A Preliminary Assessment of Internal States and Well-Being Measurement through Birth Narratives Across Gender

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Abstract Summary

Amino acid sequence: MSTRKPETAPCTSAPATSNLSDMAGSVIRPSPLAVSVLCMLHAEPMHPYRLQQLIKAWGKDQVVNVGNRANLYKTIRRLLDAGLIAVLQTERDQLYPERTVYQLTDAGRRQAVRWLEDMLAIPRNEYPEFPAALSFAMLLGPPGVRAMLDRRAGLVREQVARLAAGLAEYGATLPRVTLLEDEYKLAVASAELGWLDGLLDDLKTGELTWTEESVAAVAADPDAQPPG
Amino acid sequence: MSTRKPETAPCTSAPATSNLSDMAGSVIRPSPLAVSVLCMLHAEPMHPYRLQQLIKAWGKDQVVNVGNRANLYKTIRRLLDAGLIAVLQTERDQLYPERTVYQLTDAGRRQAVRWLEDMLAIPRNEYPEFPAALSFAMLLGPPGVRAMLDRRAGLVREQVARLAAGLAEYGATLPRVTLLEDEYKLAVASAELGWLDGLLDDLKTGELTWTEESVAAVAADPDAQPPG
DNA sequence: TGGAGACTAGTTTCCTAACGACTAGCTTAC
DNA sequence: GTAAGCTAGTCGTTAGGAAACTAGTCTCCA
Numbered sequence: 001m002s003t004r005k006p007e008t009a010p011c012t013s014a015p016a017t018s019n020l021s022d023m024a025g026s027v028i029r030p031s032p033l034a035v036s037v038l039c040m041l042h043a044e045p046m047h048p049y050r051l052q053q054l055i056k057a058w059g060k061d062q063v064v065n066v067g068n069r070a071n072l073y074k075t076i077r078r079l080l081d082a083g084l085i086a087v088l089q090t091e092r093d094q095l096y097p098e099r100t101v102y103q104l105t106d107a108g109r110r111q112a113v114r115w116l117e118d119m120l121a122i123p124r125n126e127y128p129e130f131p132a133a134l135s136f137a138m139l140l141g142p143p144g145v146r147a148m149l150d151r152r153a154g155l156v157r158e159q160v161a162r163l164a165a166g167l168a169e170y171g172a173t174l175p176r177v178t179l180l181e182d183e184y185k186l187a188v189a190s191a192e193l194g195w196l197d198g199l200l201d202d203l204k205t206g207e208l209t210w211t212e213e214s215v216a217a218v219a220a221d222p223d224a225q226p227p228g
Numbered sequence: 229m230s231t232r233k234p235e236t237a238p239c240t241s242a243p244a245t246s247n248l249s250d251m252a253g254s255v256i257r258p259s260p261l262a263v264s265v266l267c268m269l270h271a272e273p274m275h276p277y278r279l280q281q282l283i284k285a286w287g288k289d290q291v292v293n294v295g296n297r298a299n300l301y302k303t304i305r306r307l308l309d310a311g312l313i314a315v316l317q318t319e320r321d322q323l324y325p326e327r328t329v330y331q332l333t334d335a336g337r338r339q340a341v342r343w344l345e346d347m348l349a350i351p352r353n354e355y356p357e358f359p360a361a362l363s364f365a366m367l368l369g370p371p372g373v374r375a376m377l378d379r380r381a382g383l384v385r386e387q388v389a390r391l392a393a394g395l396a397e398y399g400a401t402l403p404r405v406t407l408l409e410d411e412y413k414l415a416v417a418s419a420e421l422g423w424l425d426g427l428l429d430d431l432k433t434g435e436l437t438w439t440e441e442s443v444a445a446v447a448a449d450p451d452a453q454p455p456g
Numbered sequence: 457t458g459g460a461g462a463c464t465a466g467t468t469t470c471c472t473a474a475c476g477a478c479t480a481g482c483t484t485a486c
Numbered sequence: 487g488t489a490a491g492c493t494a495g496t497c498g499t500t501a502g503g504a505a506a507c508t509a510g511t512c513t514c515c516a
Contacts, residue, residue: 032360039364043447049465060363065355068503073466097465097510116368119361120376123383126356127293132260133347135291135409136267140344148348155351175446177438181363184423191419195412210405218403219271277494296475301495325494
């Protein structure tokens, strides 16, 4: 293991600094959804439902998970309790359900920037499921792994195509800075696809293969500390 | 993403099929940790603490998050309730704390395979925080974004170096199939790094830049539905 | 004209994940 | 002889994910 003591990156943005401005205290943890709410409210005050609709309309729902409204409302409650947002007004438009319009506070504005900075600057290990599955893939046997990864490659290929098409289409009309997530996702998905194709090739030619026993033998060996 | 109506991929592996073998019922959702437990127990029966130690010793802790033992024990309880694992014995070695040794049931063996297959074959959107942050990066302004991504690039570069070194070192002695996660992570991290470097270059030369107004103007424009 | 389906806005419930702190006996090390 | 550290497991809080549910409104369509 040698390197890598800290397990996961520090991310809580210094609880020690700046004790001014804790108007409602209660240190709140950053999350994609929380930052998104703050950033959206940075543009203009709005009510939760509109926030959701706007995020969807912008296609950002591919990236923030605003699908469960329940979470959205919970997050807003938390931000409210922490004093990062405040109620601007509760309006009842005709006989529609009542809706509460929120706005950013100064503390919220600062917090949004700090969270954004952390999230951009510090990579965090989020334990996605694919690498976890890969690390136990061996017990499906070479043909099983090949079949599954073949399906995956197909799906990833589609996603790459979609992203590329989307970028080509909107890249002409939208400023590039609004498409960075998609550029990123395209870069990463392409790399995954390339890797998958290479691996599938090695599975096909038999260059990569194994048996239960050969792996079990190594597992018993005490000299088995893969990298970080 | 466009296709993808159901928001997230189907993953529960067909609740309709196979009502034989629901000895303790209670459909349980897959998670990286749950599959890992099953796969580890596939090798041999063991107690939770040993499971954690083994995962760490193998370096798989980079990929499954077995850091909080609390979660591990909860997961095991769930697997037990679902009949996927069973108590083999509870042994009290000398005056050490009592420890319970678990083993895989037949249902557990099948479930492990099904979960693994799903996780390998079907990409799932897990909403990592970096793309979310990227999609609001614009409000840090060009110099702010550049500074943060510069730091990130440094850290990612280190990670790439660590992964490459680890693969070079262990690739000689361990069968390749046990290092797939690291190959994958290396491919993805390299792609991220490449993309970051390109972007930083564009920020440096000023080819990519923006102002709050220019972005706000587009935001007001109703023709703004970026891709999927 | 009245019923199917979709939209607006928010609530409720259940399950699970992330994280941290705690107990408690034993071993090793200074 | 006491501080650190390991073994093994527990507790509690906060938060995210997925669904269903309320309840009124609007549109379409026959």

Previous research links autobiographical storytelling to both individual and familial psychosocial well-being indices. This study examines the relationship between measures of well-being and the stories families tell about one’s birth, known as birth narratives. The project will allow us to determine how well-being is expressed through basic recounting of stories and contribute to the research on measuring psychosocial well-being in college students. In particular, the study seeks to examine gender differences in how birth narrative occurences relate to familial well-being outcome data in a sample of 140 Spelman and Morehouse College students. Participants completed an online survey soliciting multiple stories, including birth narratives, and multiple outcome measures, related to family functioning. We hypothesized that more positive explicit and implicit emotions, would significantly correlate with indices of well-being in both samples. Additionally, we hypothesized that women will have more internal states language overall than men. Finally, we hypothesized that female college students would have more narratives with positive implicit and explicit emotions correlated with indices of well-being compared to the male college students.

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